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Stop Counting Calories and Points to Lose Weight After 50

By Peg Doyle January 08, 2019 Health and Fitness

Have you been counting calories or points ever since you can remember and still struggle with losing weight after 50? In reality, being overweight has much less to do with calories than it has to do with food choices.

Let me explain. When you look at money, $1 is one dollar, no matter how many ways it is constructed. It may be four quarters, 20 nickels, one hundred pennies or one paper bill. Whichever way you have it, it still adds up to $1.

Calories are different. The way they are metabolized is completely dependent on what they are made of. Therefore, you will either burn them efficiently, burn them too quickly, or store them as fat.

For years, conventional thought was that if you count your calories and stay within a certain parameter, you will maintain your weight. Scientists knew that food made of fat had more calories than food made of simple sugars, so they steered us away from fat.

In the 80s, cardiologists said that all fat was unhealthy for the heart. They said it was better to eat simple sugars, not fat, because sugar burns quickly. They thought you would maintain your weight and prevent heart disease.

Many foods that formerly contained fat were reconstructed and processed so that the fat was pulled from them and sugar was added instead to make them tasty. The calorie count was reduced, but the results have been disastrous to the waistline.

Why? Because you need a lot of sugar to feel satisfied. Sugar makes us want more because it burns off quickly. Moreover, sugar can be quite addictive. Clearly, sugar is the enemy, and if you have any doubt about that, here is a detailed list of 78 ways sugar harms us.

Fats, on the other hand, metabolize slowly and give your body a sense of feeling full for a much longer time, especially when they are paired with protein.

Losing Weight After 50: It’s Not About Will Power

Hunger has nothing to do with lack of willpower. It simply comes down to biology and metabolism. When you get hungry you eat. When you eat more sugar based foods, you repeat the cycle. Over and over.

Unfortunately, that’s exactly what happened to me. I ate a lot of sugar, and as a consequence, I was hungry a lot. And tired. But worst of all, I had very high triglycerides, a precursor for heart disease, and I was only in my 40s.

That all changed when I replaced refined sugar foods with fruit and sweet vegetables. Also, the results didn’t delay, convincing me that our bodies can heal when we give them the right nutrients.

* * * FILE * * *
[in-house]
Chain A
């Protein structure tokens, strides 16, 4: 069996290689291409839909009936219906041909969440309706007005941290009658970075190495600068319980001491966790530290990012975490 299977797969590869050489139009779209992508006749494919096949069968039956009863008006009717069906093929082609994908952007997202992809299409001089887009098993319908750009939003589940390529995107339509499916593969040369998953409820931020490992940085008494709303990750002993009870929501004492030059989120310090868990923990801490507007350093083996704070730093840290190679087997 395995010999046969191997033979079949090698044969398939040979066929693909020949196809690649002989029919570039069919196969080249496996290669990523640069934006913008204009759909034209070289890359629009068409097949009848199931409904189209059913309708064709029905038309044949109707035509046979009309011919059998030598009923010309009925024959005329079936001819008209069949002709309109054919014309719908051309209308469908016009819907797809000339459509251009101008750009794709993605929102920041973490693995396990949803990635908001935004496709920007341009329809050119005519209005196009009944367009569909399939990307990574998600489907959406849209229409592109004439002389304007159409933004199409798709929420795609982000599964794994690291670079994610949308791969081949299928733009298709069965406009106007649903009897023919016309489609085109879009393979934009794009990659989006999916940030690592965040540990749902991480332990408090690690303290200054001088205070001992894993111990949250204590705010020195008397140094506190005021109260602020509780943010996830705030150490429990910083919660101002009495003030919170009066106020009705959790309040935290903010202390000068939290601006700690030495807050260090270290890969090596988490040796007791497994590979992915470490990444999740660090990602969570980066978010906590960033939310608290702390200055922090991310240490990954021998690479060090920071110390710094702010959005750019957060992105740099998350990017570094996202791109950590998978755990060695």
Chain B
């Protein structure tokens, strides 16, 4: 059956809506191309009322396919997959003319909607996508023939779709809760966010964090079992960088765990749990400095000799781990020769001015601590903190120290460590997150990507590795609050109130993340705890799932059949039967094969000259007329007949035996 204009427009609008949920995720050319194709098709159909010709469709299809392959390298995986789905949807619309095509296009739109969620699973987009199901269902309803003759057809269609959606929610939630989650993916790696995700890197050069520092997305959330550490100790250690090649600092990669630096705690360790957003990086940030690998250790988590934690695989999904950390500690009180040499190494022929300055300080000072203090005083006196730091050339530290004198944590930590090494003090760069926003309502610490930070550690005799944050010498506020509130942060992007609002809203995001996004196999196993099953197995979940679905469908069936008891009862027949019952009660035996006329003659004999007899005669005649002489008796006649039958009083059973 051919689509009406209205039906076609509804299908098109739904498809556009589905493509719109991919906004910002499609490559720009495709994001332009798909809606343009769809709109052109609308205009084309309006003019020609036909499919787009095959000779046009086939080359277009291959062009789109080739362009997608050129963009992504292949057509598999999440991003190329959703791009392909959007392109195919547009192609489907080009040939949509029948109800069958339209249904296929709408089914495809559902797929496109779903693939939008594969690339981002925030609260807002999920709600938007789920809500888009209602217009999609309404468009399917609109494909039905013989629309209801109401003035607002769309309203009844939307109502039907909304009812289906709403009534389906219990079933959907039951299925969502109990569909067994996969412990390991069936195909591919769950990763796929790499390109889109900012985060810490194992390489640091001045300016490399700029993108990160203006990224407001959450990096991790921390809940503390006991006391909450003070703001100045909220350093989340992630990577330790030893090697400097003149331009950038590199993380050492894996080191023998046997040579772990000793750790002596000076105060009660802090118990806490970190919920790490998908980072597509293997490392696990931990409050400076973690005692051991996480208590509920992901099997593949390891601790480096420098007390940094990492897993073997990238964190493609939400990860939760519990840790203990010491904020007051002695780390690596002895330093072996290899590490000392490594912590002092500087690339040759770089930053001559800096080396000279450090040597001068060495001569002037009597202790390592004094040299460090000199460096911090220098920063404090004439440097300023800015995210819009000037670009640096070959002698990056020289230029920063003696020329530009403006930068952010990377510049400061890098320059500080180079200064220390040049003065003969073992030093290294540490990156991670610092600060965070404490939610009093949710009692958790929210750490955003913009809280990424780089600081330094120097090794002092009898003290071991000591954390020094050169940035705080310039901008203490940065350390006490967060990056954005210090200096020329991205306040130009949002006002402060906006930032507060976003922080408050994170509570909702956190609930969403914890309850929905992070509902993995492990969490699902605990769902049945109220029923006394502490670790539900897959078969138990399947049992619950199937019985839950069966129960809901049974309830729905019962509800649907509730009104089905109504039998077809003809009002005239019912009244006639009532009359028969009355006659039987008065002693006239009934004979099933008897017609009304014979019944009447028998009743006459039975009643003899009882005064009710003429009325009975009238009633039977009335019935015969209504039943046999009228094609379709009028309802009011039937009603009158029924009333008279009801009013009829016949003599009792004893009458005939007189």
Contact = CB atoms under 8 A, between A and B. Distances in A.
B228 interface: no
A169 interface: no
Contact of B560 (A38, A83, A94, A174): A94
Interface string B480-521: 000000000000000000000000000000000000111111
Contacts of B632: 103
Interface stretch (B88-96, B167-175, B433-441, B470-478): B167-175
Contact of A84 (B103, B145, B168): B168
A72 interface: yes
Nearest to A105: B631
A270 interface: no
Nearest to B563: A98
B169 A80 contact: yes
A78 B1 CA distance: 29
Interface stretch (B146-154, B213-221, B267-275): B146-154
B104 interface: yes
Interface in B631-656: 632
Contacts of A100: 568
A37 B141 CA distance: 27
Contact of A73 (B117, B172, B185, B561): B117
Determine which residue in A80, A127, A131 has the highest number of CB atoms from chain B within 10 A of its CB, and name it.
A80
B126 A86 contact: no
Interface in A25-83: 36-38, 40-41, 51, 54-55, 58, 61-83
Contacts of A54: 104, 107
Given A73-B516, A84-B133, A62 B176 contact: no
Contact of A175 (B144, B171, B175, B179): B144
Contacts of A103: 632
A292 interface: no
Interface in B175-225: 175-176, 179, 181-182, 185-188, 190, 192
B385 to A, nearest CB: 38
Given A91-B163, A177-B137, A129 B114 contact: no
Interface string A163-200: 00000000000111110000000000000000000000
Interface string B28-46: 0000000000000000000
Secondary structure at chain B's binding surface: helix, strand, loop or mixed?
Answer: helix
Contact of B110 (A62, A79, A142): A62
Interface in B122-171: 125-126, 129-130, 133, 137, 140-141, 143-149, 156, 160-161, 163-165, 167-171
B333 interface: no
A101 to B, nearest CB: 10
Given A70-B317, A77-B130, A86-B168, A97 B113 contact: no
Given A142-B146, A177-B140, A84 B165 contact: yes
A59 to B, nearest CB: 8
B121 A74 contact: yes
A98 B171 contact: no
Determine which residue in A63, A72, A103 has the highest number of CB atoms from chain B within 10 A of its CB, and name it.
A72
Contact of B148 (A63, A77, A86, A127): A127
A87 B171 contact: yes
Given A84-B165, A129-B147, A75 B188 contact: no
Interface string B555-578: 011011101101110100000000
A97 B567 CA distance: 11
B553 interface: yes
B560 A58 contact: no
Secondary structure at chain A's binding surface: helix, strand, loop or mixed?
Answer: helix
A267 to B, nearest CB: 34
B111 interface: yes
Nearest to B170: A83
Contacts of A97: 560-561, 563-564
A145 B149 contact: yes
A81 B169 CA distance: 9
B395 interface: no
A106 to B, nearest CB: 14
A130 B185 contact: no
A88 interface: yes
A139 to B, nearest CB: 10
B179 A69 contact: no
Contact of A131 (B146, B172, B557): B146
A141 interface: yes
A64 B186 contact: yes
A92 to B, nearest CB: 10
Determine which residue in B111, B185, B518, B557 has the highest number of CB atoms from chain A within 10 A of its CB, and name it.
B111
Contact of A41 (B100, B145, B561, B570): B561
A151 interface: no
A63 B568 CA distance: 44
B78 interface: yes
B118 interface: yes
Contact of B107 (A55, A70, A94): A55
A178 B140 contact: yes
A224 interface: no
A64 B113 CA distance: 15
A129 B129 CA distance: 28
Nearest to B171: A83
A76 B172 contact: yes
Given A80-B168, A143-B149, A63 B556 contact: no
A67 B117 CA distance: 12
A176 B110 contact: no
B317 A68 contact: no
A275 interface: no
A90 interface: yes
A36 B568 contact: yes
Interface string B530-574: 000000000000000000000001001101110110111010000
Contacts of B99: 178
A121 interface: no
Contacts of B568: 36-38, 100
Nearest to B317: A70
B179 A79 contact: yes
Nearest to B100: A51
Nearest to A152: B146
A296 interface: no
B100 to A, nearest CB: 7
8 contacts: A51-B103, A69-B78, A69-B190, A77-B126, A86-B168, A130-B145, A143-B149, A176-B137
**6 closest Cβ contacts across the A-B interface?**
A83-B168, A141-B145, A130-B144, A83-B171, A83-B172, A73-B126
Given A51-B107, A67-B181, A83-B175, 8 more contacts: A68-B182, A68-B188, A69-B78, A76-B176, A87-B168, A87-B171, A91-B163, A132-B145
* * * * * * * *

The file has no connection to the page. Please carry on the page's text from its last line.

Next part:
Next Steps for Wise Weight Loss After 50

Now you know all calories are not equal. Change your focus to food choices high in nutrients. Toss your low fat and lite products away, and eat small amounts of quality fat (nuts, olive or coconut oil, fish) mixed with protein.

Combining your fat and protein foods with copious amounts of the complex carbohydrates found in vegetables will make you feel full with less, and your body will metabolize these foods effectively. Forget about points. You and your food are much more than points.

Get Slender, but Not Too Slender

Make sure your focus is less on being a size 6 and more on being a healthy weight and having plenty of energy. When you eat well and get to a healthier weight, you will be able to maintain that weight with your new, good habits.

It’s important to be patient when dealing with weight loss! We don’t gain excess weight all at once, so it should not come off rapidly. If it does, it’s likely to come back on.

A better approach is to crowd out the damaging foods with fresh foods that you like. Then watch your energy rise and the number on the scale go down.

Some Specific Food Tips

Replace white potatoes, French Fries and white rice with sweet potatoes, baked green beans and brown rice.

Drop the white flour foods like bagels and breads made of 100% enriched flour for whole or sprouted grain breads.

If you are accustomed to eating meat every day, drop it from one night a week, then 2 nights a week, until you are only eating it occasionally.

Replace store-bought cookies with homemade cookies and have them only occasionally. I make a batch 2-3 times a year and give most of them away.

What do you think are the secrets to maintaining a healthy weight after 50? How would you feel if you shifted from calorie counting to quality food? What do you think are the keys to losing weight after 50? Please join the conversation below!

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The Author

Peg Doyle is a healthy eating and lifelong wellness expert, recording artist, motivational speaker and author. She is passionate about the impact of quality food and a balanced lifestyle on women’s health. Her mission is to make healthy eating easy and appealing, using nourishment as a powerful tool for preventing the so-called diseases of aging. You can visit her website here

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